After Barra  and the middle-class beach neighborhood of Ondina, with its many big chain hotels, comes Rio Vermelho, a bohemian enclave, which is more interesting at night, when its bars, lively squares, and restaurants fill up with the city’s artistic and intellectual crowd. Although its beaches aren’t good for swimming, it has a pleasant vibe. The neighborhood is enhanced by the always happening Mercado do Peixe and the cobblestoned squares where the city’s triumvirate of reigning Bahianas sell their famed acarajés and abarás.
Rio Vermelho is followed by the rather soul-less Pituba, where the city’s yuppies live, shop, and party. And from then on, the beaches keep coming. Boca do Rio is a gay mecca whose barracas, Aruba and República, compete for the prettiest and most ripped bikini-clad boys in town. Jaguaribe is packed with barracas, vendors, surfers, and sun worshippers. Ditto for neighboring Piatã, although the waves here are calmer and the beach is framed by coconut palms.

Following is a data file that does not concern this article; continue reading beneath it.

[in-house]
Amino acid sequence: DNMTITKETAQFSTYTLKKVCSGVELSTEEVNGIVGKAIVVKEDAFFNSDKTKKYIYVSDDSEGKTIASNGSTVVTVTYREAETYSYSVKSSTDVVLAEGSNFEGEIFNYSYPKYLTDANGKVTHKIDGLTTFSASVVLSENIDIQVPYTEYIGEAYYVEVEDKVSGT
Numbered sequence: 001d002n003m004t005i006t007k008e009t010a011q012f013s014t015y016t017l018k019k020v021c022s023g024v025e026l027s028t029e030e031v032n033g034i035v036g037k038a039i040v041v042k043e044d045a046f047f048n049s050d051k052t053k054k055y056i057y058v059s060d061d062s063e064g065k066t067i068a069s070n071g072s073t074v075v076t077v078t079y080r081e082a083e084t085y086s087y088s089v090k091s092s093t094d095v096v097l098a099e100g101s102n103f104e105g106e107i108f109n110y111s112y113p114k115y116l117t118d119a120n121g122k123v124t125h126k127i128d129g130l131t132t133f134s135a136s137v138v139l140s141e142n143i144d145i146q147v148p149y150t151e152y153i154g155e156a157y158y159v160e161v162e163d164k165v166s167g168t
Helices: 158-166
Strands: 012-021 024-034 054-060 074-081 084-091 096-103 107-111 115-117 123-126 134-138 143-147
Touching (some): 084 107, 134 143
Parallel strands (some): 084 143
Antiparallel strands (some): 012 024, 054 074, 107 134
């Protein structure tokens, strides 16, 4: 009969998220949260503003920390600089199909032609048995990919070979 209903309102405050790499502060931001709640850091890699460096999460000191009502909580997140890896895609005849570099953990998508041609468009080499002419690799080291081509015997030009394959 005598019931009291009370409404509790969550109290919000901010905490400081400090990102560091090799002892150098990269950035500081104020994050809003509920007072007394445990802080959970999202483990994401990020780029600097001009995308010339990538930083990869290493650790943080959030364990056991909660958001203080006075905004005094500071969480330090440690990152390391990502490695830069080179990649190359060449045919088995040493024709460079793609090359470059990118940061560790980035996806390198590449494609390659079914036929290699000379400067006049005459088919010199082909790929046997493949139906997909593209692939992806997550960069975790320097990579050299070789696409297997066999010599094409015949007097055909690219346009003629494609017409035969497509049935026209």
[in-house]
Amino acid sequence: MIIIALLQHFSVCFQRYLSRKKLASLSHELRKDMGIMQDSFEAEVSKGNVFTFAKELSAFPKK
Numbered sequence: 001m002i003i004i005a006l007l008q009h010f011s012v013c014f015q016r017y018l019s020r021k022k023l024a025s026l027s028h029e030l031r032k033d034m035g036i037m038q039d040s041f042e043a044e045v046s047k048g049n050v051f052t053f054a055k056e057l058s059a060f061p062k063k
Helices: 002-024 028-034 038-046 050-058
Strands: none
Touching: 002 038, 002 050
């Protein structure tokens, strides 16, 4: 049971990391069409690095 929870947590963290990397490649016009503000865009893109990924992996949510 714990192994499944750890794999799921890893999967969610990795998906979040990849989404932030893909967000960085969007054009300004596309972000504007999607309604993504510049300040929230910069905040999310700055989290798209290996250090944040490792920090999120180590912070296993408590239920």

Until only a couple of decades ago, Itapuã was but a bucolic palm-fringed fishing village that captivated the imaginations of residents such as Dorival Caymmi and Vinícius de Moraes, both of whom immortalized the beach’s idyllic vibe in their unforgettable musical compositions. Today, the neighborhood is somewhat more developed and scruffy and it’s not the best beach in town for a swim.
Nonetheless, the languorous vibe has somehow survived—as have the fishermen, the swaying palms, and the pretty candy-cane-striped lighthouse, around whose barracas congregates a somewhat bohemian crowd who listen to the bossa nova and MPB that are often played live on weekends.
Keep walking beyond the lighthouse and you’ll hit the lovely uncrowded white-sand (and rough-watered) beach of Pedra do Sal, with some great barracas, among them Aqua Lôca. More popular with middle-class patrons (who have cars) are the less urban and more unspoiled beaches that follow: Stella Maris and Flamengo (municipal buses whose final destination is marked “Praia de Flamengo” depart from Campo Grande or along the orla).
Aside from offering more shade, water-sports equipment, and natural pools that are ideal for kids, both beaches boast state-of-the-art barracas such as Azul Marinho and Biruta Tchê (Stella Maris), and Lôro, Cabana Solares, Martim Pescador, and Honolulu Tent Beach (Flamengo).